Increases in the concentrations of available iron in response to dietary iron supplementation are associated with changes in crypt cell proliferation in rat large intestine

Elizabeth K. Lund, S. Gabrielle Wharf, Susan J. Fairweather-Tait, Ian T. Johnson

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73 Citations (Scopus)


High concentrations of iron in the diet have been shown to increase chemically induced colorectal tumors in rats. It is therefore important to understand the influence of dietary iron on the concentration of unabsorbed iron in the large intestine and its distribution between soluble and insoluble pools in the luminal compartment. We sought to investigate this issue and to establish whether iron modifies mucosal cell proliferation, which is thought to influence initiation and progression through the adenoma carcinoma sequence. In the first experiment, four groups of seven rats were fed diets at two concentrations of iron, 29 and 102 mg/kg, with or without the addition of 2.5 g phytic acid/kg. The concentrations of iron in the contents of the large bowel extractable with water ("free iron") or a buffered EDTA solution ("exchangeable iron") were determined. The concentration of freely soluble iron increased approximately 100% with iron supplementation in both the cecum and the colon, and there was an approximately five- to sixfold increase in exchangeable iron at both sites (P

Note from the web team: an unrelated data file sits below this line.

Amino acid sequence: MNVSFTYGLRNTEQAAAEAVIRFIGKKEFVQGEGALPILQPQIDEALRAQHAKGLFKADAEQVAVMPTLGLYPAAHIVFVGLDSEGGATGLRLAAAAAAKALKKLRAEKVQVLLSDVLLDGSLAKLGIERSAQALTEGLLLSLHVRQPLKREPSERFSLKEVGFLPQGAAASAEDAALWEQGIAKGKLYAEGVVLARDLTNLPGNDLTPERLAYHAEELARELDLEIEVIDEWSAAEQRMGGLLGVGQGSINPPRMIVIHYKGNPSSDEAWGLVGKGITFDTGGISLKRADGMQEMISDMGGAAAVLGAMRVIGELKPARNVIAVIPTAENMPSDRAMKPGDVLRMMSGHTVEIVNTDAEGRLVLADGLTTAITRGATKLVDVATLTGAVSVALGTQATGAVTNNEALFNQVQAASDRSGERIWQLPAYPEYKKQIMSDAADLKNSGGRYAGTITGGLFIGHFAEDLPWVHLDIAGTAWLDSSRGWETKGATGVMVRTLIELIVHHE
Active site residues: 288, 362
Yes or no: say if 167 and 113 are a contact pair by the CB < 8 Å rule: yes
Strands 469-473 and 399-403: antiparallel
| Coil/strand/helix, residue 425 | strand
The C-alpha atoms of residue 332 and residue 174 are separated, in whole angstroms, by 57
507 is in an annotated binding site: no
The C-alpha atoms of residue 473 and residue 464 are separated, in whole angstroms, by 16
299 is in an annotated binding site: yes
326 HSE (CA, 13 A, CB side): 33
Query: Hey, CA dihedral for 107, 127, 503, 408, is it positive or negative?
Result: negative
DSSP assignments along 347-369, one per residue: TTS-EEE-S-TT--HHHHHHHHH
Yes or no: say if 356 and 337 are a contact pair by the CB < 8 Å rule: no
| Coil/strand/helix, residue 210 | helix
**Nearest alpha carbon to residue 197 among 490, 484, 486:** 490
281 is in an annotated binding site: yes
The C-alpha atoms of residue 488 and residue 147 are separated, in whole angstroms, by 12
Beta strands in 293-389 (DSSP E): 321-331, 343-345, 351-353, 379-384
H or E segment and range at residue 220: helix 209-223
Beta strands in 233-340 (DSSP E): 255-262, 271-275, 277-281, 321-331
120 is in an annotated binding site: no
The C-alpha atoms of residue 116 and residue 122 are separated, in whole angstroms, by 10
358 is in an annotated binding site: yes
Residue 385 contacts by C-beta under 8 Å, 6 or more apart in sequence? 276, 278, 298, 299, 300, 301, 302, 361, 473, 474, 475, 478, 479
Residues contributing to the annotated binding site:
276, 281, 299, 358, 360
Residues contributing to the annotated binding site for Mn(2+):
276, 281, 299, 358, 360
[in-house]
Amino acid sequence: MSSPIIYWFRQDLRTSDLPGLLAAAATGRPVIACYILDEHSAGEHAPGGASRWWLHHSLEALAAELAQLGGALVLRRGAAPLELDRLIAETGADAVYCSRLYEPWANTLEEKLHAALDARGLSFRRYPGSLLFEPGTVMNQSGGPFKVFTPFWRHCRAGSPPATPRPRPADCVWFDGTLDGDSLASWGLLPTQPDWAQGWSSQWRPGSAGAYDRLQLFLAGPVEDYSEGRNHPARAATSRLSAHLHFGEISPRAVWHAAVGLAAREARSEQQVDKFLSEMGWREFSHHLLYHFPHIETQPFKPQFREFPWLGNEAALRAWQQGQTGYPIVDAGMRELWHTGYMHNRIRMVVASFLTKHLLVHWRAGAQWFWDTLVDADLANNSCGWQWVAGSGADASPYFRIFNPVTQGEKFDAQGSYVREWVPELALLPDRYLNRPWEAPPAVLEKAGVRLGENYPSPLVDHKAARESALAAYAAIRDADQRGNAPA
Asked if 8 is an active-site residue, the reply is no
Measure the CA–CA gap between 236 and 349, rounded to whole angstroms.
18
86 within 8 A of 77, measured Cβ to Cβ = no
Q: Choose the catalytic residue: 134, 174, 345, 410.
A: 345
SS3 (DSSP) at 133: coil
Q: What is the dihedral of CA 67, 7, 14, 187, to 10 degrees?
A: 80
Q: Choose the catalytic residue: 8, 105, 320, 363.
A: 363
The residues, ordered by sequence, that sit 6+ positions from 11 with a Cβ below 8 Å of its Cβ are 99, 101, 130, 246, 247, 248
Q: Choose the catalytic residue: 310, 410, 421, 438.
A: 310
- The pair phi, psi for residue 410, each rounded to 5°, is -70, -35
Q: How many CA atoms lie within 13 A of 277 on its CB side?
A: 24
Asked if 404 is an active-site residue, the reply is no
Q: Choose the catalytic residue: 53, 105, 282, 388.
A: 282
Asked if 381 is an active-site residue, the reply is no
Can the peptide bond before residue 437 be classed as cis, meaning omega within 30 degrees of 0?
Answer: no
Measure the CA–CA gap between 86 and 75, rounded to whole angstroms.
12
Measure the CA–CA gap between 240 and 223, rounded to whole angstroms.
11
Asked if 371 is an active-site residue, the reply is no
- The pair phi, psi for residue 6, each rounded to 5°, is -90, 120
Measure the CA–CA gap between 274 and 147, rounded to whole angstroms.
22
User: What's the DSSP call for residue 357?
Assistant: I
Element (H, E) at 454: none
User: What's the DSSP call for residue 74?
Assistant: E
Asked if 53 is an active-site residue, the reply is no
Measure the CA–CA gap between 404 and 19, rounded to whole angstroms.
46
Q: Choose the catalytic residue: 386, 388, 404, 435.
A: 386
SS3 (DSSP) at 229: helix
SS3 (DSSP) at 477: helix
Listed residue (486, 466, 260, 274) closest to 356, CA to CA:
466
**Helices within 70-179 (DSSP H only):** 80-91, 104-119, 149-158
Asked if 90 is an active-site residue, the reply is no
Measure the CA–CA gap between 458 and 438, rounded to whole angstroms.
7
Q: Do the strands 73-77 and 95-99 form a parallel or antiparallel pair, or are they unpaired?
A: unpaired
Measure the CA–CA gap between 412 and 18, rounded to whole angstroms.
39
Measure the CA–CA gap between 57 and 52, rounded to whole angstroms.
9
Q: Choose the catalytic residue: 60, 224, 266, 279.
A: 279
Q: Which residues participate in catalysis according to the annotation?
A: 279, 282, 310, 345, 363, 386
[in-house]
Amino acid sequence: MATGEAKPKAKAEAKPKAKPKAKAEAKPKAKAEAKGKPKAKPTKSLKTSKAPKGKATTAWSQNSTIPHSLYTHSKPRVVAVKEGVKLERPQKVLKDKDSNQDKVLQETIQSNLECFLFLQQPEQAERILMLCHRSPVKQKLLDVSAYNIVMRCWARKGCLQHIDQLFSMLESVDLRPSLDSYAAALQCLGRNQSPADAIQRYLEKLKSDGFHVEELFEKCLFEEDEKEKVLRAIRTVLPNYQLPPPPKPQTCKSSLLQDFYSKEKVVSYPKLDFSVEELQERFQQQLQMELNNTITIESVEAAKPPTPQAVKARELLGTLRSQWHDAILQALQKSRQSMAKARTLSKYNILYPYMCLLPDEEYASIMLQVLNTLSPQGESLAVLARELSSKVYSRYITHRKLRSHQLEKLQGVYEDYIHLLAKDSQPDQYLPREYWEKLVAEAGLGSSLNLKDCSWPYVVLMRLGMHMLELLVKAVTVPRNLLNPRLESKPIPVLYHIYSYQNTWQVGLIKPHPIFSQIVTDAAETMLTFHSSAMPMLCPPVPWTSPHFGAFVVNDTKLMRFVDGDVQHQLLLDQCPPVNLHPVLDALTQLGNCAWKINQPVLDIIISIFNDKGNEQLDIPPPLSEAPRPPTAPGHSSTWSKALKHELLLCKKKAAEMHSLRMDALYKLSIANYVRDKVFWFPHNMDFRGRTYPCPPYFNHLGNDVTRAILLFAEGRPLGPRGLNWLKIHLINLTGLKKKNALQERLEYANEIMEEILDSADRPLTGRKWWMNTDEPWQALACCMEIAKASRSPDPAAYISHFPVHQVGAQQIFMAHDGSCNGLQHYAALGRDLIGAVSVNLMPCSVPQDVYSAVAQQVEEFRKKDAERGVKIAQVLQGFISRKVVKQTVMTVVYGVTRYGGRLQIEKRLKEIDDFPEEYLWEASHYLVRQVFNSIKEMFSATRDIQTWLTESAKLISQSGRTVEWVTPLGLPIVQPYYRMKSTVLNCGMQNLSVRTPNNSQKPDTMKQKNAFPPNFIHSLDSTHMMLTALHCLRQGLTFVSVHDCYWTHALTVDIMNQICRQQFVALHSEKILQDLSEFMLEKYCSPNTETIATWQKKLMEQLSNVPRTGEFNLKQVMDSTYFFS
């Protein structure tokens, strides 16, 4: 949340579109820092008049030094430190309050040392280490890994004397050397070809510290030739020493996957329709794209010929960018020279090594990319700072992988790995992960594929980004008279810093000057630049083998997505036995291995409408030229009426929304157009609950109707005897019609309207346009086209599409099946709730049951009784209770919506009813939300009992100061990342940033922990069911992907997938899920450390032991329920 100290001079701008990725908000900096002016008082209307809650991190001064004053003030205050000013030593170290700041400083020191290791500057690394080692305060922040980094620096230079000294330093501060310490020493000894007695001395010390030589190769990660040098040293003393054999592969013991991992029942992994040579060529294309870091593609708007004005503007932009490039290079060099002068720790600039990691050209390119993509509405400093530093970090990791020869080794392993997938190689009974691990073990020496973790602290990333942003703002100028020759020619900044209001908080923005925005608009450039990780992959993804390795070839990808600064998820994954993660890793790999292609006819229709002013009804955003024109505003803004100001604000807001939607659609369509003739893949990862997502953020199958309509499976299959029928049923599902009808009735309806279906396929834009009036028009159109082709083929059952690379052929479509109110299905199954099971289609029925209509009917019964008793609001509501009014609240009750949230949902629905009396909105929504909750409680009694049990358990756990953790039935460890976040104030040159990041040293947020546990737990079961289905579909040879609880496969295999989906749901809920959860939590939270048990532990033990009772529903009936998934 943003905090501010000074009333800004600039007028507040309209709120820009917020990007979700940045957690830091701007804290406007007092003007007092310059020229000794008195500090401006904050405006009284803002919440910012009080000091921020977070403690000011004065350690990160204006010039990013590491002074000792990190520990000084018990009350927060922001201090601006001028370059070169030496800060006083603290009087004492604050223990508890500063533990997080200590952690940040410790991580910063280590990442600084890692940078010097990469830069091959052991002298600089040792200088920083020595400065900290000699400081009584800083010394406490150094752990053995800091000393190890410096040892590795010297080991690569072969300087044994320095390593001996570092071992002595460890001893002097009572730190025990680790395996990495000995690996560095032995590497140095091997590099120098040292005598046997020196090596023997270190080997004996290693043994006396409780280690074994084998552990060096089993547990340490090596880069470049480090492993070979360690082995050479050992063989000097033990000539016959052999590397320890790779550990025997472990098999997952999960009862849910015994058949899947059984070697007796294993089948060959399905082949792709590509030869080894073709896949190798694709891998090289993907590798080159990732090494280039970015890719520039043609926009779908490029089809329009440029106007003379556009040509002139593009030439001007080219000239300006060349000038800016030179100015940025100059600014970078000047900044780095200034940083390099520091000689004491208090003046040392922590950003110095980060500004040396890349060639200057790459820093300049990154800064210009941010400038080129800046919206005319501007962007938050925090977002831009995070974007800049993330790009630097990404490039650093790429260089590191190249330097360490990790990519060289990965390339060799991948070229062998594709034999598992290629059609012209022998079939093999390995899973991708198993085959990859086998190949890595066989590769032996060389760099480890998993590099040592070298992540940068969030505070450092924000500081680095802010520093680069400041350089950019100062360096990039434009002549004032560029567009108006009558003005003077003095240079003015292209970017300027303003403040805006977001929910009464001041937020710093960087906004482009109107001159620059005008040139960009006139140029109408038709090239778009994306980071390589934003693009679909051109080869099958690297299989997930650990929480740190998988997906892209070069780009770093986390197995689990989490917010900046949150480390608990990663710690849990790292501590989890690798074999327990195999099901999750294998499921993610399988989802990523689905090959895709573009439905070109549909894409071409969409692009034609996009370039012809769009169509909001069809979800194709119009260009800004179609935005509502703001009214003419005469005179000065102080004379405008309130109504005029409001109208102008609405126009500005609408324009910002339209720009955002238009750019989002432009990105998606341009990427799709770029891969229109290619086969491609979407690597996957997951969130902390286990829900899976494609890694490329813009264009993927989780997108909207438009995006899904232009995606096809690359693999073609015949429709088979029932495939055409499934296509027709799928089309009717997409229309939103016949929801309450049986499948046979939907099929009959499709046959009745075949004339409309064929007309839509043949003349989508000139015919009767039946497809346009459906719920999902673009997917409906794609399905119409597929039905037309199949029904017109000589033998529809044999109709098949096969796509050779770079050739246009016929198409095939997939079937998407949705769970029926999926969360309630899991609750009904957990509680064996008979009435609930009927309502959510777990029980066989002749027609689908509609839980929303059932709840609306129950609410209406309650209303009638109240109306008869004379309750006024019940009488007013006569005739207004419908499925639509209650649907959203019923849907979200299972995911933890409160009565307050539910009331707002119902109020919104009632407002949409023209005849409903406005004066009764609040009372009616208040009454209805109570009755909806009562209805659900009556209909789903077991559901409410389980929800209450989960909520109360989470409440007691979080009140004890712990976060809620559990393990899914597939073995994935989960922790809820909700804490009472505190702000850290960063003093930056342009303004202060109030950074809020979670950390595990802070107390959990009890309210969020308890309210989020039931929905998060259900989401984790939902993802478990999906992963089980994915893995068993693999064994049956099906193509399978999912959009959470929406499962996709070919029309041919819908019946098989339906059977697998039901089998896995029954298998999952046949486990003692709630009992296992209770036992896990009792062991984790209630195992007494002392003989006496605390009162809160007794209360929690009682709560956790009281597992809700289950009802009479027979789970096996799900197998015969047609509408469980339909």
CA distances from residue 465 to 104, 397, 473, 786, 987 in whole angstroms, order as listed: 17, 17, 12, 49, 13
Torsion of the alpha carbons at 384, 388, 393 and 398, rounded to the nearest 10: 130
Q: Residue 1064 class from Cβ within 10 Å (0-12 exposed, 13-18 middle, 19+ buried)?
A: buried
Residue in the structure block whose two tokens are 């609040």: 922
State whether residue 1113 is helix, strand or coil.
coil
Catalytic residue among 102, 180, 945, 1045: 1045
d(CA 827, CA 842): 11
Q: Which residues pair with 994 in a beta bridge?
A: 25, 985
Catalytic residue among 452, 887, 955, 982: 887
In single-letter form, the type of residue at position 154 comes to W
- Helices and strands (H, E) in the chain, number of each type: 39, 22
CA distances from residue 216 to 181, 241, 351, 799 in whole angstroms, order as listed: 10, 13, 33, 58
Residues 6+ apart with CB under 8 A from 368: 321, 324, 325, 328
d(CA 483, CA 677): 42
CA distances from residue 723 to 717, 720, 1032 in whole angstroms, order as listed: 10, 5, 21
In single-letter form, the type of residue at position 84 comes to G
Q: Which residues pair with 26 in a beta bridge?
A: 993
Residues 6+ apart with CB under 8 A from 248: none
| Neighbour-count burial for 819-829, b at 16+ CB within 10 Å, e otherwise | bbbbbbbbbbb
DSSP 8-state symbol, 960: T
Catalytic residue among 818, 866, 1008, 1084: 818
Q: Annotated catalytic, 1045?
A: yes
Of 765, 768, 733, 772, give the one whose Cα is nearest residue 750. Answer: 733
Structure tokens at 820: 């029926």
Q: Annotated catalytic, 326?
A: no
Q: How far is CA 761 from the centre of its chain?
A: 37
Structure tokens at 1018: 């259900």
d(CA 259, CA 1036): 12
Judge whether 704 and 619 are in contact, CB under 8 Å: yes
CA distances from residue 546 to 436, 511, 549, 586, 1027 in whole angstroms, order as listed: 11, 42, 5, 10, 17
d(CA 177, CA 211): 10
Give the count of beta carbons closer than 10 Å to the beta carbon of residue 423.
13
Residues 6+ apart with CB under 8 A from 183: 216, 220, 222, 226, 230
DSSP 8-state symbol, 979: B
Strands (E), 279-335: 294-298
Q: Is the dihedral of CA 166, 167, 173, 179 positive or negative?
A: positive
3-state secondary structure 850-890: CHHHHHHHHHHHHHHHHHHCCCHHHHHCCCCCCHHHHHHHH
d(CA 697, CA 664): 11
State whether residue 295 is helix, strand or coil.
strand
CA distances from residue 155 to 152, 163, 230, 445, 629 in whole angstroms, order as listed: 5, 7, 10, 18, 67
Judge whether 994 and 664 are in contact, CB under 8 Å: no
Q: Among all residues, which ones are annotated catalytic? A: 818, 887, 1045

Original languageEnglish
Pages (from-to)175-179
Number of pages5
JournalJournal of Nutrition
Issue number2
Publication statusPublished - Feb 1998


  • Animals
  • Biological Availability
  • Cell Division
  • Colon
  • Dose-Response Relationship, Drug
  • Intestine, Large
  • Iron, Dietary
  • Liver
  • Male
  • Organ Size
  • Phytic Acid
  • Rats
  • Rats, Wistar
  • Tissue Distribution

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